The Instigator
Smikes
Pro (for)
Winning
5 Points
The Contender
AbandonedSpring
Con (against)
Losing
0 Points

Our Future Is NOT In Space

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Post Voting Period
The voting period for this debate has ended.
after 1 vote the winner is...
Smikes
Voting Style: Open Point System: 7 Point
Started: 10/19/2014 Category: Science
Updated: 2 years ago Status: Post Voting Period
Viewed: 603 times Debate No: 63540
Debate Rounds (3)
Comments (7)
Votes (1)

 

Smikes

Pro

Many progressives seem to cling to this belief that we will certainly - beyond a shadow of a doubt - colonize other planets in the future. And by "colonize," I specifically mean establishing self-sustaining colonies of *people* on other planets (or moons, for that matter). But personally, I have a hard time believing it. Here's why I'm so skeptical...

1.) Building a life-sustaining base on Mars is practically impossible.

Forget flying to the moon. That was a piece of cake! Try building a *base* on the moon. As far as engineering projects go, this project is several magnitudes greater in difficulty than merely flying to the moon.

Why am I so confident that we'll fail? Because every time we've tried doing it on Earth, we've failed miserably. See for yourself. Watch it and weep for the future of humanity: http://www.ted.com...

But wait, haven't we made progress since Biosphere 2? Isn't SpaceX working on a new Martian base for their Mars One mission that's going to enable colonists to live there? Haha! Think again. Experts from MIT say that the SpaceX base would kill all the colonists in less than 68 days: http://time.com...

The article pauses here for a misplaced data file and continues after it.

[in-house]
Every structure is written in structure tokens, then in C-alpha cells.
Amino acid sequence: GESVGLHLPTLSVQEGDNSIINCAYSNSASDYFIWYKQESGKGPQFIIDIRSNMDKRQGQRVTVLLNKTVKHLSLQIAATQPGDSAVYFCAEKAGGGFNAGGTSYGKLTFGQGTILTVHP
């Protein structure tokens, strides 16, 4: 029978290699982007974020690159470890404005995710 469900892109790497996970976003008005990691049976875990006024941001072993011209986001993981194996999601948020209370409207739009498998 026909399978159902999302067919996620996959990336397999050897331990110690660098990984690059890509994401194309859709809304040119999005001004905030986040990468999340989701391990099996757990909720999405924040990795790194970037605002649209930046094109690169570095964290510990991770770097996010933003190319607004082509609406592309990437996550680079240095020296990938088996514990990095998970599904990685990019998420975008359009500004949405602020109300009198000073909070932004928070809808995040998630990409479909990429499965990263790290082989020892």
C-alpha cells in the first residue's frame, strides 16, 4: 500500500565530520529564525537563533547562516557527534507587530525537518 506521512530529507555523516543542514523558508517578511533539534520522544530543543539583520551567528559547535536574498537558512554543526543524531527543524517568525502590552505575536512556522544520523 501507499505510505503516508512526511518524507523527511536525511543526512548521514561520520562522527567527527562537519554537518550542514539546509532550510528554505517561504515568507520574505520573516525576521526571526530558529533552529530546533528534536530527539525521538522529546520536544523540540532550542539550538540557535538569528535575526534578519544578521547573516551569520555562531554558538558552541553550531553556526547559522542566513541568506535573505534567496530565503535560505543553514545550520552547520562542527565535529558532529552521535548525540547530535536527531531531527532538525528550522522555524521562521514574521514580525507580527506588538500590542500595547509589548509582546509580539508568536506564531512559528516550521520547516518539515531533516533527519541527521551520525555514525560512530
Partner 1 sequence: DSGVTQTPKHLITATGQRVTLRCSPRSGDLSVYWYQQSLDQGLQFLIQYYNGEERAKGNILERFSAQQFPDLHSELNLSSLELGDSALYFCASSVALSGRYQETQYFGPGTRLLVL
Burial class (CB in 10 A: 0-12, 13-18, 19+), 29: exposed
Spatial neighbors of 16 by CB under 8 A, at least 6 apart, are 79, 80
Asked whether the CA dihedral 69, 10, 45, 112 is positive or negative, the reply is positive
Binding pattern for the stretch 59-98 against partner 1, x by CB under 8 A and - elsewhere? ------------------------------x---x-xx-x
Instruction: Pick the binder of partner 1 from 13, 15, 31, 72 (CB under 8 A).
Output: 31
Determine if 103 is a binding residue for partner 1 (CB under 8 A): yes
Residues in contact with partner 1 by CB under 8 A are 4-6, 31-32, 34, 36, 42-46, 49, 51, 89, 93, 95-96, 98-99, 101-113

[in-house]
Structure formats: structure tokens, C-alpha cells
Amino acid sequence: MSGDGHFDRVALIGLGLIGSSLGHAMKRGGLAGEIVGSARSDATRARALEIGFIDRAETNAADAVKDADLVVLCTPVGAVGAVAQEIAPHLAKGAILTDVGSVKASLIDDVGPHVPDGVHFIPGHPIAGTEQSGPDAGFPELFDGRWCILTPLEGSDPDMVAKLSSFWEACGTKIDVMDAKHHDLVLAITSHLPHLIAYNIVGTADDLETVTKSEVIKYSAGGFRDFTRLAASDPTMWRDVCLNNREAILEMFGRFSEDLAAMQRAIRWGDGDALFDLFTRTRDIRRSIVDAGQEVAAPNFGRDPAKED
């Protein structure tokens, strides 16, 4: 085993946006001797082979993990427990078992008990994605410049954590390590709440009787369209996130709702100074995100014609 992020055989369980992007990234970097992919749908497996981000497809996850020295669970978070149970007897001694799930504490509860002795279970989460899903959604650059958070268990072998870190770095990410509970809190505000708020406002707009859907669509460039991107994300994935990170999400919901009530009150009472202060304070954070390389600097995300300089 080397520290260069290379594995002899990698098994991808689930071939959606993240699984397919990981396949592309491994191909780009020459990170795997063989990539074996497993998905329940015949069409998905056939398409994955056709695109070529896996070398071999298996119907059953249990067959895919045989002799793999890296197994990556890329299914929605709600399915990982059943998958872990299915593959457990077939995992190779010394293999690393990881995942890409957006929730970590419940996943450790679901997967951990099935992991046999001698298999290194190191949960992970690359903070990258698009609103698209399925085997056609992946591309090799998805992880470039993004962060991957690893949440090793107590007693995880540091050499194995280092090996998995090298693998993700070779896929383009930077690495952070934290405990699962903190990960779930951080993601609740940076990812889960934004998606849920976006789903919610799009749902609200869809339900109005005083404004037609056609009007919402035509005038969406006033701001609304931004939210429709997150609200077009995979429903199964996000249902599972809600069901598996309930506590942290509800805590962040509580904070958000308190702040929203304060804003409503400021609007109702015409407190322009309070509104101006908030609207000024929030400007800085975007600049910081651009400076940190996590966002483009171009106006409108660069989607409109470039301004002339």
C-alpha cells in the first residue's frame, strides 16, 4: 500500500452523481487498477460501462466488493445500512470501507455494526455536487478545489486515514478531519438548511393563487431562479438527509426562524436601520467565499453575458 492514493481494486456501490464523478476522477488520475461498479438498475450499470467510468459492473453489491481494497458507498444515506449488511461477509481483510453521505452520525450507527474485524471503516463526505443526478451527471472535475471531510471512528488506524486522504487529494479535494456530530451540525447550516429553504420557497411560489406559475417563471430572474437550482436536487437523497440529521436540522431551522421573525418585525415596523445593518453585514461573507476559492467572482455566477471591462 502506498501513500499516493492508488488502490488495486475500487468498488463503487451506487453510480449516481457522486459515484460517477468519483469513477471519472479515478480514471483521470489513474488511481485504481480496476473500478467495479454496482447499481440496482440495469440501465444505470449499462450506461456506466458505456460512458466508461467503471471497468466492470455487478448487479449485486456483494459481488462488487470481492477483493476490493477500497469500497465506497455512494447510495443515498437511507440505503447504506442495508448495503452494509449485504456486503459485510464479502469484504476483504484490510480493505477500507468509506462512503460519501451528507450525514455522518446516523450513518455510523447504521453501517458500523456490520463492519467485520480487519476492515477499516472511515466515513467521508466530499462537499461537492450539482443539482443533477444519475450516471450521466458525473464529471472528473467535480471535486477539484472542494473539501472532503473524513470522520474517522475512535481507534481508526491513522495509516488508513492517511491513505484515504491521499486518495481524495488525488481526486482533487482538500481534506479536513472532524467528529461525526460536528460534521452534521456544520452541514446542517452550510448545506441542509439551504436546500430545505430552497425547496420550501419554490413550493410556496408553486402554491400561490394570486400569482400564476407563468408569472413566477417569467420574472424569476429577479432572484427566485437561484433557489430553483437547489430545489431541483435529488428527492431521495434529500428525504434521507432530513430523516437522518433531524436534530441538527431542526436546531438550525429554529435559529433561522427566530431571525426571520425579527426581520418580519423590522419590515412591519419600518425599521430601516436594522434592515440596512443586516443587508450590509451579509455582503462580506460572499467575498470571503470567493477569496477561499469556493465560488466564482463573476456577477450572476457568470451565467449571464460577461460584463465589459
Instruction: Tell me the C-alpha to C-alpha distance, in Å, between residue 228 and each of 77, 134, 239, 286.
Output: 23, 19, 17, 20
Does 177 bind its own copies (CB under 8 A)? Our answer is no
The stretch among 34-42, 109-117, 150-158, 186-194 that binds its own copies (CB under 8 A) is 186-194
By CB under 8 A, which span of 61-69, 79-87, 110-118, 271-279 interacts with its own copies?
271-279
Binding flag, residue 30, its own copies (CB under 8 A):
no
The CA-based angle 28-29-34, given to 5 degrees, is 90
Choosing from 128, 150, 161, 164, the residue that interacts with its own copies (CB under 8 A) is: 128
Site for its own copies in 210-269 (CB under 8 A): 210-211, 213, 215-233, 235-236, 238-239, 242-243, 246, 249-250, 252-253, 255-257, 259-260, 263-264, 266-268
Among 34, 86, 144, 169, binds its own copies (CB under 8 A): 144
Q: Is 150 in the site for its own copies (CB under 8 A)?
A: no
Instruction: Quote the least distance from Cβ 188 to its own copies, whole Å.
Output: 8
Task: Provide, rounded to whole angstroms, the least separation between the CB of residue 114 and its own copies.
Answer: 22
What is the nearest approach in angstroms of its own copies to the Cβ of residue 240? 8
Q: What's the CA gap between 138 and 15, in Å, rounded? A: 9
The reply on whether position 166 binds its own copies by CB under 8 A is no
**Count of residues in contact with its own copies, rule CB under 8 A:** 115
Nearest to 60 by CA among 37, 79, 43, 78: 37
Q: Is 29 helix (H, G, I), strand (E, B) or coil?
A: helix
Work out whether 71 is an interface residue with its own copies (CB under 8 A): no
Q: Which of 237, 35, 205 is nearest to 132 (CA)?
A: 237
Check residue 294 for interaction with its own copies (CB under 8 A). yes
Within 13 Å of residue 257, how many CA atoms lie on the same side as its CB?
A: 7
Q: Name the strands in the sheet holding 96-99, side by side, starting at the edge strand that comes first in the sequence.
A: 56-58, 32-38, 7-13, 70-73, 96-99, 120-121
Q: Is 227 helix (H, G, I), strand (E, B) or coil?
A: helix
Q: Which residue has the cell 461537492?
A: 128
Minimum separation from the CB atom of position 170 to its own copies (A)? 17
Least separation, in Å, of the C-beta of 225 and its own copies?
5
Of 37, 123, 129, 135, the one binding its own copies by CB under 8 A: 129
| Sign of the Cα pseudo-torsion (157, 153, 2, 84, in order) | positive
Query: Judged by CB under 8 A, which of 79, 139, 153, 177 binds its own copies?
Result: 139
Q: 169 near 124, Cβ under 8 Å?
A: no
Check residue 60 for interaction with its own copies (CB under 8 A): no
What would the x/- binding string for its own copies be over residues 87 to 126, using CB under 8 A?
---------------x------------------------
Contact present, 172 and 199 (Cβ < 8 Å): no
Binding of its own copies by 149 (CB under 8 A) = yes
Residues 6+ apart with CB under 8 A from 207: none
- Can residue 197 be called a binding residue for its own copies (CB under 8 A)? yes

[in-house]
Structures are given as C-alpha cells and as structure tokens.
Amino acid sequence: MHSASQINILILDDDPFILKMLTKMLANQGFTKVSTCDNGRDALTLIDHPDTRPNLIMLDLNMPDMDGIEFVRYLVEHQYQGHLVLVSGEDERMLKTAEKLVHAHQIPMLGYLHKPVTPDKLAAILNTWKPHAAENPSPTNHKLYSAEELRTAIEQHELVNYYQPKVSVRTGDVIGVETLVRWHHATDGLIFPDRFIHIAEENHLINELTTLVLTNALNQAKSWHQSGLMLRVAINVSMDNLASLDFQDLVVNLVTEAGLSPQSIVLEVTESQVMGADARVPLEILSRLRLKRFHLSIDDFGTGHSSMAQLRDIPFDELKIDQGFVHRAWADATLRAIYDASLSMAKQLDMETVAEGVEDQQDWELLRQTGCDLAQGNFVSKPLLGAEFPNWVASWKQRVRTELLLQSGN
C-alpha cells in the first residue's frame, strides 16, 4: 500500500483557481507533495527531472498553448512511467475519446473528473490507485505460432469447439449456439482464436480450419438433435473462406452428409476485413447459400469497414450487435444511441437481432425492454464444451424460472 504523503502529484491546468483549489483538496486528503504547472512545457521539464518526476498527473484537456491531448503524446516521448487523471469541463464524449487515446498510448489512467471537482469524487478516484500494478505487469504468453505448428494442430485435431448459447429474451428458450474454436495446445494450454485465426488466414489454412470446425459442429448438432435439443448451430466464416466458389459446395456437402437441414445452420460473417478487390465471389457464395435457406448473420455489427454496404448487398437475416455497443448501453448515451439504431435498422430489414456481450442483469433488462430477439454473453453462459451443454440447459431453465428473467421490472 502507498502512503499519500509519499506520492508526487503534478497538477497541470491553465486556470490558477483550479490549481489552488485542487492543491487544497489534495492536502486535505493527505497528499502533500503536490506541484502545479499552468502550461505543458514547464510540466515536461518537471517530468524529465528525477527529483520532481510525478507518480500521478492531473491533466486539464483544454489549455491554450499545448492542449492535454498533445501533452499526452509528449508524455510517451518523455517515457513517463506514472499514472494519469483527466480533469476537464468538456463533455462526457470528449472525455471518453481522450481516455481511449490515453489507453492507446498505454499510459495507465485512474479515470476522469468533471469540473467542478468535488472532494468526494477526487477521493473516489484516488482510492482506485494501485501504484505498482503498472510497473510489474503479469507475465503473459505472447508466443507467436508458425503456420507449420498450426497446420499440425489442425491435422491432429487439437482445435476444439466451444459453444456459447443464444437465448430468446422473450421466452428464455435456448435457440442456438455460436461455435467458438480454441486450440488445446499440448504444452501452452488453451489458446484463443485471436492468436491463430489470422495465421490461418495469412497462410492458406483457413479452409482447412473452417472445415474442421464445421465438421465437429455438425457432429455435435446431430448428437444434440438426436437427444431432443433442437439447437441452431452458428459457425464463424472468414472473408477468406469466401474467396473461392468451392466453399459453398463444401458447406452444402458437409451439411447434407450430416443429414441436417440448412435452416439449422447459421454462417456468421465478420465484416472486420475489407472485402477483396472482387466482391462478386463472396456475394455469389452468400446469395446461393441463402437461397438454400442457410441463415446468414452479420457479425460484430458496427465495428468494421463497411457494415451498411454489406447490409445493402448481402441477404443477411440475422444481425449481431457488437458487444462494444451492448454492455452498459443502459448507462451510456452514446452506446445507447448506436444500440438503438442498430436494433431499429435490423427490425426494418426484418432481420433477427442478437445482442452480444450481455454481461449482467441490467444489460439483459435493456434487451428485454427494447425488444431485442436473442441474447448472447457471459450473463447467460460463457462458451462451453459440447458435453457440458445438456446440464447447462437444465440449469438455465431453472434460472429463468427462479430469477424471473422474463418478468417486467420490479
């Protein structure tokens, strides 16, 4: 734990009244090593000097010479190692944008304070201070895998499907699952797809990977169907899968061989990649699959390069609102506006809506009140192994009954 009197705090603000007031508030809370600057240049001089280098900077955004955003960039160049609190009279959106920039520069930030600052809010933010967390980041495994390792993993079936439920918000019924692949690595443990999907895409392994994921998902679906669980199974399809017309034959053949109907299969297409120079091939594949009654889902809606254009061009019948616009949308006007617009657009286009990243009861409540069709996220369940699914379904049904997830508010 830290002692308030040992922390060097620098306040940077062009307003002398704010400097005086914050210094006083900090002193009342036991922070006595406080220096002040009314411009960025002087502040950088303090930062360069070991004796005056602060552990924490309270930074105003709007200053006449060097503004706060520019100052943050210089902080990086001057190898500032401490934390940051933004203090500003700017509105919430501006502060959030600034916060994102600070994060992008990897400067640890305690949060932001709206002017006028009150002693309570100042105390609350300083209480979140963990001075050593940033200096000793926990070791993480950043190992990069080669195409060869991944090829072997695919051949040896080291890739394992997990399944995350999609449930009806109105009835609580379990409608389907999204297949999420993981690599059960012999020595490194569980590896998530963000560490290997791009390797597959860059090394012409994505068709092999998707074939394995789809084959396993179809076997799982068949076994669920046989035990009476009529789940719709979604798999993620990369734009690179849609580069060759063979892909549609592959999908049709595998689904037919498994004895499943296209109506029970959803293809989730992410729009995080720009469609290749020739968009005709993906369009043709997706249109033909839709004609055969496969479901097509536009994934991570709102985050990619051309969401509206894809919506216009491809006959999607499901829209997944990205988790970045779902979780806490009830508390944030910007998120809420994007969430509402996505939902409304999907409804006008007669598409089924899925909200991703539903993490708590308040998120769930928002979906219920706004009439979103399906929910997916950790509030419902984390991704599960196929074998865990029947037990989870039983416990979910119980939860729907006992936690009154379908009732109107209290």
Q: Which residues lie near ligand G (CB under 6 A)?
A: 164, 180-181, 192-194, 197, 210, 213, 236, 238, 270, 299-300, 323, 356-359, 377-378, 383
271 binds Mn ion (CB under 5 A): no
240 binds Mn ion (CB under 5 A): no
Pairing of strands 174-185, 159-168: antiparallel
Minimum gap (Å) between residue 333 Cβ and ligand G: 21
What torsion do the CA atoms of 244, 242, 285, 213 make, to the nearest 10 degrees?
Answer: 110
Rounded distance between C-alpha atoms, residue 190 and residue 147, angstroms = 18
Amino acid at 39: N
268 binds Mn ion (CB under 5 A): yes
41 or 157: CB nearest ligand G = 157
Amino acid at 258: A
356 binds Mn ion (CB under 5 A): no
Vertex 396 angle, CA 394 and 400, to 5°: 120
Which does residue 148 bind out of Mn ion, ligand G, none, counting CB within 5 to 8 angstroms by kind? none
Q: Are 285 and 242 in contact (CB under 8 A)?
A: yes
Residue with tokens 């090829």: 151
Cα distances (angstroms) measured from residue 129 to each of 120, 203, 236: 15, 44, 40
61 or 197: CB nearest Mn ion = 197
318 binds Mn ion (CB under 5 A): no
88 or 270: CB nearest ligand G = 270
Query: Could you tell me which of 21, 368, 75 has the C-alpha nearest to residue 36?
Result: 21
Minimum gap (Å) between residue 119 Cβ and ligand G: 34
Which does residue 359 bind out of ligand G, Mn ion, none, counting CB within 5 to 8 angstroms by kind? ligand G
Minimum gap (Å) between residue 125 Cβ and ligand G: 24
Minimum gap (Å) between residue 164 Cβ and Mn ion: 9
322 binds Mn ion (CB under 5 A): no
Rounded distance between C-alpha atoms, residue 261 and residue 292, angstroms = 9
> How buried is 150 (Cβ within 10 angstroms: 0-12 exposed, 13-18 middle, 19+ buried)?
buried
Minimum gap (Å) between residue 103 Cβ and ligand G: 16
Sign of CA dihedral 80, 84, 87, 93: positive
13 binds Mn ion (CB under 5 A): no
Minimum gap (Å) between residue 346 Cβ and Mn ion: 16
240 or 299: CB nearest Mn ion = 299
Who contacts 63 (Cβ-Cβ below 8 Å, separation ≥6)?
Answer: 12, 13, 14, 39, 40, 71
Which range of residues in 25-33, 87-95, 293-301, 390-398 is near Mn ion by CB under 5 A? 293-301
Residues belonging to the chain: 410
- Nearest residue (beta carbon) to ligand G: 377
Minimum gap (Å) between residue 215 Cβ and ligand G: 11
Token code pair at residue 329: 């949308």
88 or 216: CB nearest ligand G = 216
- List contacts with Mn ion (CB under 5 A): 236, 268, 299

2.) Some really, really weird stuff happens in space.

We don't understand outer space very well. We didn't evolve in outer space (as far as we know), and we certainly aren't adapted for outer space. Rules that we take for granted down here on the Earth don't apply in space. For example, everything that goes up into space with the astronauts needs to be specially designed to accommodate the fact that there is no gravity, and contrary to the layman's intuition, there is no sound in space. Additionally, due to the absence of gravity, astronauts need to constantly exercise in order to maintain their musculature.

Despite constantly training their muscles, however, it appears that astronauts' hearts are still prone to shrinking and withering into spherical little balls: http://io9.com...

Even as of just this past year, we're still discovering new ways that extended periods of time in space mess with the human body in unexpected ways. Now, apparently, we're learning that it might be ruining astronauts' immune systems: http://www.space.com...;

And I can't seem to find it, but I thought it might be worth mentioning anyhow that, a few years ago, I remember reading in the news that it was recently discovered that male astronauts' brains - but not female astronauts' brains - show shrinkage in a particular area. I thought that was pretty strange. Sorry I can't find it though.

Importantly, notice that we're now trying to send ordinary citizens to colonize other planets. Perhaps a hyperhealthy astronaut is able to train and prepare for these physiological conditions aboard a space shuttle, but what about the average person? Would they even survive the flight to Mars?

3.) Climate change or a nuclear event will kill us all before we get there.

We may be tempted to fantasize that space colonization is our Plan B that's going to ensure humanity survives any sort of catastrophic event on Earth. But really, it's the other way around: We're working against the clock.